How I set up my Windows 10 environment (FIRST ARTICLE!)
WARNING: THIS ARTICLE IS INCOMPLETE
Hey! What's up, guys? My name is DraKul78 and today I will be showing you how I exactly set up my desktop environment on Windows, the most popular operating system on the computer market! Now, before we jump into this, please leave a thumbs up and tell me down in the comments below (don't, there's no comment section) what you like about Windows, what kind of content you want to see on this channel, etc.
(though this isn't a Yout00b video script but rather a mere guide article, the fact that so many incels use such an interpersonal and overused style of an intro is a little hilarious and weird at the same time in my opinion)
There are many default Windows settings that don't quite please me, such as telemetry, applications, and the appearance. The light theme is making my eyes strain, the taskbar on the bottom edge of the screen makes the window space a little too wide proportionally, and certain background applications are a waste of my broadband and my computer resources. This is bothersome! Like every human, they indulge in clandestine pleasure. The eye loaded with a weep against the big tech companies using telemetry to make delicious money out of their data against their will, they dream of a way to mitigate some of these problems while navigating countless pornographic websites. You know them, reader, this delicate monster - hypocritish reader, my like, my brother! Whether this is true or not, you have now read this far. I should instead tell you to install Ubuntu or something, but if you want to use Windows then it's your choice.
All you need is a computer and (optionally for step 1) a Windows installation medium on a DVD or a USB stick.
1. During the Windows installation (optional)
Note: I don't come across this step when setting up my desktop environment on a college computer. Also, you most likely don't need to reinstall Windows. In this case, move on to step 2.
What I would like to do here is first shrink the Windows system's partition by deleting every partition and then adding one that is, say, around 100 gigabytes out of 512 GB of the free space (it's probably sufficient, and I'd slap a Linux distro next to Windows anyway (my guide on that coming eventually!)). Then I select that newly-created partition and I wait for the Windows installation medium to do its thing until the next prompt. As usual, I'd select every least invasive option: "I have no Internet", no location access, no targeted advertising, no Cortana, only the necessary data sent to Microsoft, etc. It's an easy part.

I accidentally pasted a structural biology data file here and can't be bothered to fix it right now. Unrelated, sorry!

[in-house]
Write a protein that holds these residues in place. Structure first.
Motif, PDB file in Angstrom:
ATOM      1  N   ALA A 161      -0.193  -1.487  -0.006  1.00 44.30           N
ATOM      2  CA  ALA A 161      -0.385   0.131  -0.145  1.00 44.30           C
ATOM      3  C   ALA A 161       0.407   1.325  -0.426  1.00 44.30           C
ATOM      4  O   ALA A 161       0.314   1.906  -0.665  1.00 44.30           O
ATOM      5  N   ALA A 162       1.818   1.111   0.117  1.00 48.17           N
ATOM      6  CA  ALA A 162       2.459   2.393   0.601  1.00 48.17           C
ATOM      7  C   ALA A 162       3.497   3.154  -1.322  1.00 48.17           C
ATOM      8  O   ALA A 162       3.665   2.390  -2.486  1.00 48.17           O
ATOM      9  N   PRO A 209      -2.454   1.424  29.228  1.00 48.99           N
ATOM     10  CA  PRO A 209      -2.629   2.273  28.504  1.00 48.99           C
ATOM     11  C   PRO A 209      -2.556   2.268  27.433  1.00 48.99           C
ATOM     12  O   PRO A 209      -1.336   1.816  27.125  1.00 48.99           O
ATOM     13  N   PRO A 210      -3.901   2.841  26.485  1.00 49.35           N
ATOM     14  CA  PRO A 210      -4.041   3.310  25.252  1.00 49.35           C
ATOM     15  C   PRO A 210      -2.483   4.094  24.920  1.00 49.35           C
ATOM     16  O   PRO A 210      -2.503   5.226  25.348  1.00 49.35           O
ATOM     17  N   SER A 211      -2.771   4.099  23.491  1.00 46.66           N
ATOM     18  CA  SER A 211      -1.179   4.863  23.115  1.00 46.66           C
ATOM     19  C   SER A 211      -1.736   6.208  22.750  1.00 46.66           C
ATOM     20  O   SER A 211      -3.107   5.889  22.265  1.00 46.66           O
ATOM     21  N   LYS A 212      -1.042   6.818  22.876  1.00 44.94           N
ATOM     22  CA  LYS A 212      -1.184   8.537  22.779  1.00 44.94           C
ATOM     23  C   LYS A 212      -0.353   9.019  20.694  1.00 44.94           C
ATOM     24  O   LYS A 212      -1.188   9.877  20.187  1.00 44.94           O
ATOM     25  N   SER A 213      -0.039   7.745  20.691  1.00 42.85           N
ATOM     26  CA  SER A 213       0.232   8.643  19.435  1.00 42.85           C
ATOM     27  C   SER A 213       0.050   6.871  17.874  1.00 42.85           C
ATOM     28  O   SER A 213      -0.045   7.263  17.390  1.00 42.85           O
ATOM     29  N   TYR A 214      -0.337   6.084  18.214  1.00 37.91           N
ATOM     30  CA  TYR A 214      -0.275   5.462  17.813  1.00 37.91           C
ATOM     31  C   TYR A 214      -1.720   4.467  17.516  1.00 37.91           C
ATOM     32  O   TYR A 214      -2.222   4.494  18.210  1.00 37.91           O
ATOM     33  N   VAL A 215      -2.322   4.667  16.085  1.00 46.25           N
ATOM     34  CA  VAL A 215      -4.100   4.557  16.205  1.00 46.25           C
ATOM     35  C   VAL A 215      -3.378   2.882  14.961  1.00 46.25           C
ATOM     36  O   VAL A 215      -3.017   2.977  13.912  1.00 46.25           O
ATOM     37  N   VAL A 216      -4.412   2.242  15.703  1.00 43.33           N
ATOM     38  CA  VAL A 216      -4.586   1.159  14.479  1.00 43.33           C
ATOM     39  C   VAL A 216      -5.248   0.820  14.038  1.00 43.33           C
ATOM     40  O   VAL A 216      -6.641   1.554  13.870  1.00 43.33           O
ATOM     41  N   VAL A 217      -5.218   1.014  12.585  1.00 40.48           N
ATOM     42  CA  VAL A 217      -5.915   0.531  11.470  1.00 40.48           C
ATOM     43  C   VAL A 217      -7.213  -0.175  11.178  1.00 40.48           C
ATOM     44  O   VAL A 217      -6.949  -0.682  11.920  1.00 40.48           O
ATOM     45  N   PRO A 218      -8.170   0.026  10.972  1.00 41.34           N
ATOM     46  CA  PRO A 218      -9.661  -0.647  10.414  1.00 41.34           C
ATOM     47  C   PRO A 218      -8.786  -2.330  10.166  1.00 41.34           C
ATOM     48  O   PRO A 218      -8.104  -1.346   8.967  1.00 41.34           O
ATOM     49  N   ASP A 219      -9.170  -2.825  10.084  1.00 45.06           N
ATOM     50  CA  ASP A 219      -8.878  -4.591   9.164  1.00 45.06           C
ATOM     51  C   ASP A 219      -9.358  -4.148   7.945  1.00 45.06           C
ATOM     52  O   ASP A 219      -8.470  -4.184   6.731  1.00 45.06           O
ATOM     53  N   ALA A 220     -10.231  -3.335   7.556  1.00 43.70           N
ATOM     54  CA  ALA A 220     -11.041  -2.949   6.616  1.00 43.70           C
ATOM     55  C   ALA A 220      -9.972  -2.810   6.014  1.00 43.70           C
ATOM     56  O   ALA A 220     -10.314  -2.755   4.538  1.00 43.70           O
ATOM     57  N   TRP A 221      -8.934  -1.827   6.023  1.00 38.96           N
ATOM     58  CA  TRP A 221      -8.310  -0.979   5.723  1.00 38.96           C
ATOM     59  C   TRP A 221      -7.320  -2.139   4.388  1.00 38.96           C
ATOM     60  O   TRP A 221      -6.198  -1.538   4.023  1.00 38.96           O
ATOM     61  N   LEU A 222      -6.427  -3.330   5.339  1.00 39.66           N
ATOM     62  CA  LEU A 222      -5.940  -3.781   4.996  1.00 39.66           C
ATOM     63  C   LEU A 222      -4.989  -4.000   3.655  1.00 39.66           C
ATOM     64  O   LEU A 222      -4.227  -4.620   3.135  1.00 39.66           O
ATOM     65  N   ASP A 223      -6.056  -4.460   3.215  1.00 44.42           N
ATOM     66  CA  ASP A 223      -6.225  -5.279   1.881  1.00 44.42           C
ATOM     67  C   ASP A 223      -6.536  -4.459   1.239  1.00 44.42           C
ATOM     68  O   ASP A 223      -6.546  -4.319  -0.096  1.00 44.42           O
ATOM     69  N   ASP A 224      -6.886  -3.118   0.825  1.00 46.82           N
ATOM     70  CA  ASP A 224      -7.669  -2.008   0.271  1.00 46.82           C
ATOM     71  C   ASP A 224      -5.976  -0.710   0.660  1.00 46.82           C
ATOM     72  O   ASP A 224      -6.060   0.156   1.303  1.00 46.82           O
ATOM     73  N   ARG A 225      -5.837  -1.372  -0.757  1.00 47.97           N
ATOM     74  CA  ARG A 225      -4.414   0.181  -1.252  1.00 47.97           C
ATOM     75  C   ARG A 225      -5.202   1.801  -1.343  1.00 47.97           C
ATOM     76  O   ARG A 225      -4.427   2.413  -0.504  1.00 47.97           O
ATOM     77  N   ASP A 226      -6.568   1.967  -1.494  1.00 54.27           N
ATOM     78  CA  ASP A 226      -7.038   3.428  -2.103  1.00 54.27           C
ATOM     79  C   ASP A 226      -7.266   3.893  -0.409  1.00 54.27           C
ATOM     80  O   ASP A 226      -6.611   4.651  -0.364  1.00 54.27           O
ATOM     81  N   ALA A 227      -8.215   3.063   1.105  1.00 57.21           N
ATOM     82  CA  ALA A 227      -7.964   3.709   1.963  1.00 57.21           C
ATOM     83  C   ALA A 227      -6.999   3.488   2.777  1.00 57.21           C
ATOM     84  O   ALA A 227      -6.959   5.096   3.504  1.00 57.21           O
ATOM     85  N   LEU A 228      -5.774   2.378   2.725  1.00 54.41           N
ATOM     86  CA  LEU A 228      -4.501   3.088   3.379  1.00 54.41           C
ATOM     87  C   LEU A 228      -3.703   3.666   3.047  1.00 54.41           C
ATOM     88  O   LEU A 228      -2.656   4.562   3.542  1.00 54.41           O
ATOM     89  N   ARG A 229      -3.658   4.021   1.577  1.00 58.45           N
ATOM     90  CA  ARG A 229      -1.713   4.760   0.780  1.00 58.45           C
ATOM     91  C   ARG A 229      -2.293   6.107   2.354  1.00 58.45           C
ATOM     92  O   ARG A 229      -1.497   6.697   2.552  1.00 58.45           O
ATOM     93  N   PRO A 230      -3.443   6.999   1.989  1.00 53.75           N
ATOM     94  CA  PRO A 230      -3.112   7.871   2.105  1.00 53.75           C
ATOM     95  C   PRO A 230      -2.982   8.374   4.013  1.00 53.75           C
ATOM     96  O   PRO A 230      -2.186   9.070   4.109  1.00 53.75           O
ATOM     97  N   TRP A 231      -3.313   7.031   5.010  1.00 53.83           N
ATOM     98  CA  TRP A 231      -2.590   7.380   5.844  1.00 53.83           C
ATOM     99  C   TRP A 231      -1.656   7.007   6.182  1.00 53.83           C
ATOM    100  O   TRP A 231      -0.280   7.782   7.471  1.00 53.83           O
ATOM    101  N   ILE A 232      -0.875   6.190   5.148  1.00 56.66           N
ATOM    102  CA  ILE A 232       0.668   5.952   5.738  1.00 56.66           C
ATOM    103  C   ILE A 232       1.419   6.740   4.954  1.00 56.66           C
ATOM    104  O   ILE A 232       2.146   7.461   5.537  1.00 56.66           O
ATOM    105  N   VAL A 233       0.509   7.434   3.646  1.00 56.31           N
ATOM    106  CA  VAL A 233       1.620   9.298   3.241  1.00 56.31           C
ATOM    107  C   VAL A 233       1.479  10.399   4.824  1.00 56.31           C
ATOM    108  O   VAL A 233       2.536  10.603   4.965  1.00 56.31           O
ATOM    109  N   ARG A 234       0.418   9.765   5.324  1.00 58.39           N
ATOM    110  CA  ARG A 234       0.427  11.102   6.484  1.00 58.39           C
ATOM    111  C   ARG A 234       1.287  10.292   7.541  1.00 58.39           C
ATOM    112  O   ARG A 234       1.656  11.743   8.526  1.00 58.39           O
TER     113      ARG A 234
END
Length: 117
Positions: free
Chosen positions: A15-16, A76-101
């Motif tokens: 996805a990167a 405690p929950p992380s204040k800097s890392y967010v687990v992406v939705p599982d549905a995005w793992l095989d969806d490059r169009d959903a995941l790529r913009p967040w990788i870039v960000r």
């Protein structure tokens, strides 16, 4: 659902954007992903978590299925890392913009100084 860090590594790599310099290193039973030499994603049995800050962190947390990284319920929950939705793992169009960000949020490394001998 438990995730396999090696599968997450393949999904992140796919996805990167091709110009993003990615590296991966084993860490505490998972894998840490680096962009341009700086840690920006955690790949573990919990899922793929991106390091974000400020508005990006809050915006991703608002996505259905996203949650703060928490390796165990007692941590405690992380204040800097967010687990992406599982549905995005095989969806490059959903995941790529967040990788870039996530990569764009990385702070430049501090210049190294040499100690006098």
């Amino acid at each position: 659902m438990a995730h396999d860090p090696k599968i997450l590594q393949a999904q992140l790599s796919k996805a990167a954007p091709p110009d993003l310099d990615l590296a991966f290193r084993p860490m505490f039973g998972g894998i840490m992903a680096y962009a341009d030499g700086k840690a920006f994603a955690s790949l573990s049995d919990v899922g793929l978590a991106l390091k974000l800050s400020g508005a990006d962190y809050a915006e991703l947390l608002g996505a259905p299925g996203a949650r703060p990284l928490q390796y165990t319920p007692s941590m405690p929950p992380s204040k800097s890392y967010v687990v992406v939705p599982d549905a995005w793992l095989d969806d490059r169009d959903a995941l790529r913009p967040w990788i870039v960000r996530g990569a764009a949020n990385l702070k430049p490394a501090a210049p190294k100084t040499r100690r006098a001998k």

2. Before setting up an Internet connection
Note: bypassing this step is tricky on Windows 11 as long as your computer detects any wireless connection nearby. There are a few tutorials on YouTube that may allow you to do that.
The first thing I change is the appearance of my desktop environment. Instead of keeping a wide desktop area, I try to make it look more square by snapping the taskbar onto the right edge of the screen. Then I use the dark theme with an accent color of teal. After this, I change the mouse cursor to one with inverted colors so it's more visible on both saturated-color, dark and white backgrounds (though not on greyish backgrounds) Next, I remove.
I'm not done here though. Of course, before connecting to the Internet, I should change some Windows settings and policies with the help of a program called ShutUp10++ to strengthen the "privacy and trust" sense expected by the user (Microsoft generally trusts that you don't change the Windows settings and policies in favor of protecting your privacy; ShutUp10++ aims to fix that). I carefully read every option to see what I want and what I don't, then I make my selections according to my needs. Make sure to make a backup of the configurations so you can undo unwanted changes made by Windows itself.
3. Selecting applications
Now is the time to connect to the Internet. You may want to apply security updates and driver updates if you want. There's a reason I completely ditch Microsoft apps, and it's that they're just not perfect and too user-friendly to me. I love to spend time minutiously configuring apps that I install and I dislike limitations.
I've grown to like Firefox over the years because at the time it was similar enough to Google Chrome. I choose LibreWolf for my daily tasks. LibreWolf is a fork of Mozilla Firefox whose goal is to focus on user privacy.
A second option I could consider is Tor. However, I've never seen myself regularly using this web browser for anything other than "ooh I should protect myself from mass surveillance because I'm going to look up 'big boob woman no clothes' bwahahahaha".